Properties

Phthalo Blue PB15:3 is a structural variant of Phthalo Blue PB15 that produces more greenish tones.

Permanence

Phthalo Blues are completely lightfast and stable and are permanent for all paint uses. They are currently used in inks, coatings, and many plastics due to their stability and are considered a standard pigment in printing ink and the packaging industry.

Toxicity

Phthalo Blues have no significant hazards, although those made before 1982 contained some PCBs (polychlorinated biphenyls).

History

Developed by chemists using the trade name Monastral Blue, the organic blue dyestuff now known as Phthalo Blue was presented as a pigment in November 1935 in London. Its discovery was accidental. The dark color was observed in a kettle where a dye was being made from a British dyestuff plant. The demand for such a pigment came from commercial printers who wanted a cyan to replace Prussian Blue.


Pigment Name

PBk7-Lamp Black

Pigment Type

inorganic

Chemical Name

carbon

Chemical Formula

C

Properties

Lamp black is a very opaque, heavily staining black pigment that does not have much covering or tinting power. It is typically the most opaque black in watercolor form. Though a very pure black, it tends to muddy slightly in mixtures. Natural sources may be brownish or bluish in tone because of impurities. When used in oil paints, it is one of the slowest drying pigments, and should not be used in underpainting or applied in layers underneath other colors.

Permanence

Lamp Black is very lightfast and absolutely permanent. It is used in all techniques in permanent painting.

Toxicity

Carbon itself is not considered hazardous, however other combustion products that are hazardous are often present as impurities when Lamp Black is produced from natural materials. For this reason, commercial preparations of the pigment should be considere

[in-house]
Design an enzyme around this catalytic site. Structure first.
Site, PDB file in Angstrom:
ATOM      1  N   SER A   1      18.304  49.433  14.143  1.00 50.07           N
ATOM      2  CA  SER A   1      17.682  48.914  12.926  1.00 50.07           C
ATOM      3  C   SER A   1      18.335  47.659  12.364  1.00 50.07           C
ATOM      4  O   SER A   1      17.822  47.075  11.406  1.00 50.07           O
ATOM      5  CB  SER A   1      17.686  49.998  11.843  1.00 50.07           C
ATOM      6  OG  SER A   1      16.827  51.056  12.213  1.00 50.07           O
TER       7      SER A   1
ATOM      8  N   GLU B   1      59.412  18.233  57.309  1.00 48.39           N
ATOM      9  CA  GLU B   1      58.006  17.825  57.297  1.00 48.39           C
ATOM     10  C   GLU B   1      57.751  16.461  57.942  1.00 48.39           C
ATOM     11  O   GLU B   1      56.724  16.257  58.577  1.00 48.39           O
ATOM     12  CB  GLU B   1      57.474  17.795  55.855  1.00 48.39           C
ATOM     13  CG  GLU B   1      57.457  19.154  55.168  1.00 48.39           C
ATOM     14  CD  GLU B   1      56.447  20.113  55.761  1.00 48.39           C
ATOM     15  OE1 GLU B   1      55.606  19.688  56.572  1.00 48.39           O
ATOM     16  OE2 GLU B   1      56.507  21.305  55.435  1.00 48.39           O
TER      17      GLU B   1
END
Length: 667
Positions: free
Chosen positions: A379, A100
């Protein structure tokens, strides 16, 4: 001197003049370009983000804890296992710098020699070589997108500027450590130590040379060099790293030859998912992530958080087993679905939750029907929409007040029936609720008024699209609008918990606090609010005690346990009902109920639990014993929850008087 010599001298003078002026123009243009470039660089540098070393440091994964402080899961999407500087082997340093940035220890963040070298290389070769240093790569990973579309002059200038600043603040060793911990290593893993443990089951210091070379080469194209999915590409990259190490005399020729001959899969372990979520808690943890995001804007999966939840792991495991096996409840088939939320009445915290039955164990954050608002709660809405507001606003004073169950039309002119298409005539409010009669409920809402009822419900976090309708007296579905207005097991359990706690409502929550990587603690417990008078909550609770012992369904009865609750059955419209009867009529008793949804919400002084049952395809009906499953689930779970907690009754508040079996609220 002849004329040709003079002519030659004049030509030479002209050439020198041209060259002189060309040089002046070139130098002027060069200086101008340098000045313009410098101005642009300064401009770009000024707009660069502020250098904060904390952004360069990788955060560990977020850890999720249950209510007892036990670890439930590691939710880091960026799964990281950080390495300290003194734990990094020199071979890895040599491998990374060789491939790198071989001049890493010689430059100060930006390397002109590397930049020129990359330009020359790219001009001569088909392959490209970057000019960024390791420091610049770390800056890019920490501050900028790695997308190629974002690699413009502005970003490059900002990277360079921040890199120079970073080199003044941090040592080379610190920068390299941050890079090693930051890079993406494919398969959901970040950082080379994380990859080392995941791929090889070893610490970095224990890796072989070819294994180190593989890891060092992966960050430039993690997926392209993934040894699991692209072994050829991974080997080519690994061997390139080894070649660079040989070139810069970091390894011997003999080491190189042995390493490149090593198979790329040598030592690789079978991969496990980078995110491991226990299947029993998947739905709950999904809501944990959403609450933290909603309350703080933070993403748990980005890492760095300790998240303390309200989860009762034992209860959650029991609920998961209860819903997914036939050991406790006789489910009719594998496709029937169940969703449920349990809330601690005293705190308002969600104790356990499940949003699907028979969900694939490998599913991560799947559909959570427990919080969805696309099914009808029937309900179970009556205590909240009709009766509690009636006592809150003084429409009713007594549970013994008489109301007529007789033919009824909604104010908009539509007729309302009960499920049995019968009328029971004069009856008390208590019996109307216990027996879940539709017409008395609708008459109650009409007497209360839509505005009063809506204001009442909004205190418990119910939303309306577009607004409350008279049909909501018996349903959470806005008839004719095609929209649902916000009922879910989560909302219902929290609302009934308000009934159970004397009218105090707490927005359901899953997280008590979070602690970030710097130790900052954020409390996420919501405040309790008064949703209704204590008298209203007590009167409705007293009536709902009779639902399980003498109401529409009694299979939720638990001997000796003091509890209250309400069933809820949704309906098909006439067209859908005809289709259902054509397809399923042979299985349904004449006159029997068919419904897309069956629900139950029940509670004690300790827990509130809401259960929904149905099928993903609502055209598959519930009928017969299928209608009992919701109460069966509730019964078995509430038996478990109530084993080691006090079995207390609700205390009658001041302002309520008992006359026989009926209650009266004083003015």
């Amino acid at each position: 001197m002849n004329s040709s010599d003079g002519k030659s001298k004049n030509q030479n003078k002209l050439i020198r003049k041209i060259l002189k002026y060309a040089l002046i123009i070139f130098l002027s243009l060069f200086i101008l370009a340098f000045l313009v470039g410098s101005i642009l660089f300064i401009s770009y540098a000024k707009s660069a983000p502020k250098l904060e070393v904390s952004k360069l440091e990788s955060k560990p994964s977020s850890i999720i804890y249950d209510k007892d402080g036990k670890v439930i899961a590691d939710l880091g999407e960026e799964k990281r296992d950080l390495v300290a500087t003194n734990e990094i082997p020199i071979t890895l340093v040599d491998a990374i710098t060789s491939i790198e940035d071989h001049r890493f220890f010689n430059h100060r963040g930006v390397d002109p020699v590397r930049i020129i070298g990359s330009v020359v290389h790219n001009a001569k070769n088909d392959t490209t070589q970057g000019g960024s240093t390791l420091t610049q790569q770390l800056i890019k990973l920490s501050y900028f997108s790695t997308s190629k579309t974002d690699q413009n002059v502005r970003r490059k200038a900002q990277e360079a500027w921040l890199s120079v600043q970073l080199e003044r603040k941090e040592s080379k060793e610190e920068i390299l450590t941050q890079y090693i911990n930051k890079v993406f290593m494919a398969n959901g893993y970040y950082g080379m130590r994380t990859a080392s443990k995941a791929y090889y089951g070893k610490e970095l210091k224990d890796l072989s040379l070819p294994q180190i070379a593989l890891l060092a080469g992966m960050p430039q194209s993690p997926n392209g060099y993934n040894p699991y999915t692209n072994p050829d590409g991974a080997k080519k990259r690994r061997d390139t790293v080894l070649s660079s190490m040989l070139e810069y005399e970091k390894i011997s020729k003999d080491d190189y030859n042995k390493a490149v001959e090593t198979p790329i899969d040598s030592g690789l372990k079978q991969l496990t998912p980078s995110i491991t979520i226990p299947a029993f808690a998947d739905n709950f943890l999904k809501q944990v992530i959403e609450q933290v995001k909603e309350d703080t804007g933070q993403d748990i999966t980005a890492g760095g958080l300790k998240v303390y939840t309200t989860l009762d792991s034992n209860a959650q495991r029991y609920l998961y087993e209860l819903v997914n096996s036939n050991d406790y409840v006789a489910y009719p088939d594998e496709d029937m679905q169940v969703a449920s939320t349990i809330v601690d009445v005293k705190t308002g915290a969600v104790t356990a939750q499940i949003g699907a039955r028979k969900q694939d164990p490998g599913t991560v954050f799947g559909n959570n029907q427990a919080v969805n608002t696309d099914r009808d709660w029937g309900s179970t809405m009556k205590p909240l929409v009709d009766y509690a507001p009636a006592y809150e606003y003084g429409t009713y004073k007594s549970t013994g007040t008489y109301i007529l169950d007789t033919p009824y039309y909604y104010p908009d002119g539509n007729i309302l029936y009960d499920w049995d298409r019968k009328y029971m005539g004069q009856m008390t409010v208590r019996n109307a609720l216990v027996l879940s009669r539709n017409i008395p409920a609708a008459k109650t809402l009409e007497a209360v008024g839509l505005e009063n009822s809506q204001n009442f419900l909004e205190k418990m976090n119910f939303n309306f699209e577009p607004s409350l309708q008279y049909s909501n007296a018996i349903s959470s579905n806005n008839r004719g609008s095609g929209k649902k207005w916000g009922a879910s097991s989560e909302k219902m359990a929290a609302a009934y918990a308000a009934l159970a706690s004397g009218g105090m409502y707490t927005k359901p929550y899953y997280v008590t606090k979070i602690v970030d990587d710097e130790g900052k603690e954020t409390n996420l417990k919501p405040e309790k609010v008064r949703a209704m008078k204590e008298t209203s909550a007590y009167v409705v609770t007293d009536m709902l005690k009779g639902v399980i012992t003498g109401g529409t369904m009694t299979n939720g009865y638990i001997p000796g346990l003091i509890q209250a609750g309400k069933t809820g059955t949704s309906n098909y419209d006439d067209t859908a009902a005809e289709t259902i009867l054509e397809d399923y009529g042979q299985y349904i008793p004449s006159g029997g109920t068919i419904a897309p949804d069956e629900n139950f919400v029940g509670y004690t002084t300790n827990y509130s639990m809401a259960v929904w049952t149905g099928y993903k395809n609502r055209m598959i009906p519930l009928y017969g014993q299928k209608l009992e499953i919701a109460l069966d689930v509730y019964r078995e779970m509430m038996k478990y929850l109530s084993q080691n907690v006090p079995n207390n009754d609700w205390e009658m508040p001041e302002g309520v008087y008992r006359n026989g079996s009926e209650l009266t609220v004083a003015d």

History

Lamp Black is a carbon based black traditionally produced by collecting soot (known as lampblack) from oil lamps. It has been used as a pigment since prehistoric times. It is the black found in Egyptian murals and tomb decorations and was the most popular black for fresco painting until the development of Mars Black.


Pigment Name

PY74-Hansa Yellow

Pigment Type

monoazo

Chemical Formula

C18H18N4O6

Properties

Pigment PY74 is one of the most commercially important pigments of the Hansa Yellow group, considered superior to many others in its class based on both tinting strength and lightfastness. Several PY74 grades with different particle sizes are available. Grades with finer particle size are more brilliant and transparent. Pigment PY74 ranges from reddish yellow to greenish yellow, with temperature shifts from cool to warm hues. It has high tinting strength and average to slow drying time.

Permanence

This Hansa Yellow has better lightfastness that other yellow monoazo pigments, particularly in the darker shades.

Toxicity

Hansa Yellow has no significant acute hazards, though its chronic hazards have not been well studied.

History

Hansa Yellows were first made in Germany just before WW1 from a series of synthetic dyestuffs called Pigment Yellow. They were intended to be a synthetic replacement for Cadmium Yellow.